Making 300 sandwiches in exchange for marriage is sinister and degrading, not romantic

Marriage surely cannot be bought for the bargain price of 300 sandwiches, but a New York Post reporter is attempting to do just that. Sarah Ditum shares her recipe for true love (which oddly enough, isn't bread-based).

In this monstrous modern world, so many people have lost their respect for a sacred union. They think that the rites built up over many centuries, bonding disparate elements together in harmony, can be taken in vain. I am talking, of course, about Stephanie Smith, the New York Post reporter behind the blog 300 Sandwiches. What’s the significance of 300 sandwiches? That is the number of bread-with-filling based snacks her boyfriend has claimed as the price of matrimony. Or as Smith tells it in her coming-out article for the Post:

I assembled turkey and Swiss on toasted wheat bread. I spread Dijon mustard generously on both bread slices, and I made sure the lettuce was perfectly in line with the neatly stacked turkey slices… As he finished that last bite, he made an unexpected declaration of how much he loved me and that sandwich: ‘Honey, you’re 300 sandwiches away from an engagement ring!’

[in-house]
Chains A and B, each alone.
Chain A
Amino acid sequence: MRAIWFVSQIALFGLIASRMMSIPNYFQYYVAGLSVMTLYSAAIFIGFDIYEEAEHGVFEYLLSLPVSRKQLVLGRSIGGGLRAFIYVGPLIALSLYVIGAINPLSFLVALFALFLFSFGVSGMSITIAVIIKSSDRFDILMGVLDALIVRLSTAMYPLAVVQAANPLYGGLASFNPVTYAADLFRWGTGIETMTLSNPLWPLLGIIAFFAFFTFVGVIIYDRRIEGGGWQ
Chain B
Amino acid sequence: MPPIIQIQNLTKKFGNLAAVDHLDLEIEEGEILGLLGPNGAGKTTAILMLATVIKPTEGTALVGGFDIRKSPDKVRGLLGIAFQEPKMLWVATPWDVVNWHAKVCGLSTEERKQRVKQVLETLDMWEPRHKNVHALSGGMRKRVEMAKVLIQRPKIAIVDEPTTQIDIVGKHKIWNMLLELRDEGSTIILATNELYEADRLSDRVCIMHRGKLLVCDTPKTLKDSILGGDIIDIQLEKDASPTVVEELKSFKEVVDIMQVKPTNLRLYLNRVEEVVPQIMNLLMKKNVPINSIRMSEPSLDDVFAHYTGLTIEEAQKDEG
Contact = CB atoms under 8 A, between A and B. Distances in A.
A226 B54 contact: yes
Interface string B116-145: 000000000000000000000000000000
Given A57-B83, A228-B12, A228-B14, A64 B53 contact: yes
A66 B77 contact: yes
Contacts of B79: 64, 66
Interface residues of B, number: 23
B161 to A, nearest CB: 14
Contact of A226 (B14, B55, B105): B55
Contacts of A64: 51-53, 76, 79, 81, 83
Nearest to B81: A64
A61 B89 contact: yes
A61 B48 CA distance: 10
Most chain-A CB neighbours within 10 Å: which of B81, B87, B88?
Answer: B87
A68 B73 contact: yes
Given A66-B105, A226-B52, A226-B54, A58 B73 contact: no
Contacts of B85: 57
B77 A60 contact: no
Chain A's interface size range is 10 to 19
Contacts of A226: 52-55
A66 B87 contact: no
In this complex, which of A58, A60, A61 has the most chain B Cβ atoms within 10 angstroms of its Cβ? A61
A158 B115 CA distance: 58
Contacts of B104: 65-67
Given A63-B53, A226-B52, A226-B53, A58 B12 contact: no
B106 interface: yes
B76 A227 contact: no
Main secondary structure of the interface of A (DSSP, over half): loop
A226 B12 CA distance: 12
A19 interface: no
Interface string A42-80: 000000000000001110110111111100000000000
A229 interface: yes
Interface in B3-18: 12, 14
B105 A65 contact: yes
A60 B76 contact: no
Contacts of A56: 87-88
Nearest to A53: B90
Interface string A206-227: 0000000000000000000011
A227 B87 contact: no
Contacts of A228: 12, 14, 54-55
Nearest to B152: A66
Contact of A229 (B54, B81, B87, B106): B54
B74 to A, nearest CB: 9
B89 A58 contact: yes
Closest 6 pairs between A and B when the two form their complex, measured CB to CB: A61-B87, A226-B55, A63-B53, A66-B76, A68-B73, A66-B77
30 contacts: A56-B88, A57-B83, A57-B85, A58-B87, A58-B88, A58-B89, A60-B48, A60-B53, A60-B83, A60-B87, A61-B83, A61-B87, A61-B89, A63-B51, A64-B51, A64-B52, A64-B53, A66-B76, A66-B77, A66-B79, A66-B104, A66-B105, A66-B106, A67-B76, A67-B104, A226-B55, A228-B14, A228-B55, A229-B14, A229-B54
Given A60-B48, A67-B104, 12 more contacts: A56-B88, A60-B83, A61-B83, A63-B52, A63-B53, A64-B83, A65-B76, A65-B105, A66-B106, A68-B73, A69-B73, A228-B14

Smith tells the story as if it’s a cutesy-ootsy work of romance, but I think we can see it for the sinister act of degradation it is: how depraved, how vicious to reduce the noble sandwich to a bargaining chip for romantic fulfilment. The sandwich is a serious business. Your base must be good and carefully matched to chosen filling, the condiments not overpowering, the contents generous but not so incontinently lavish that they overspill their bready bounds.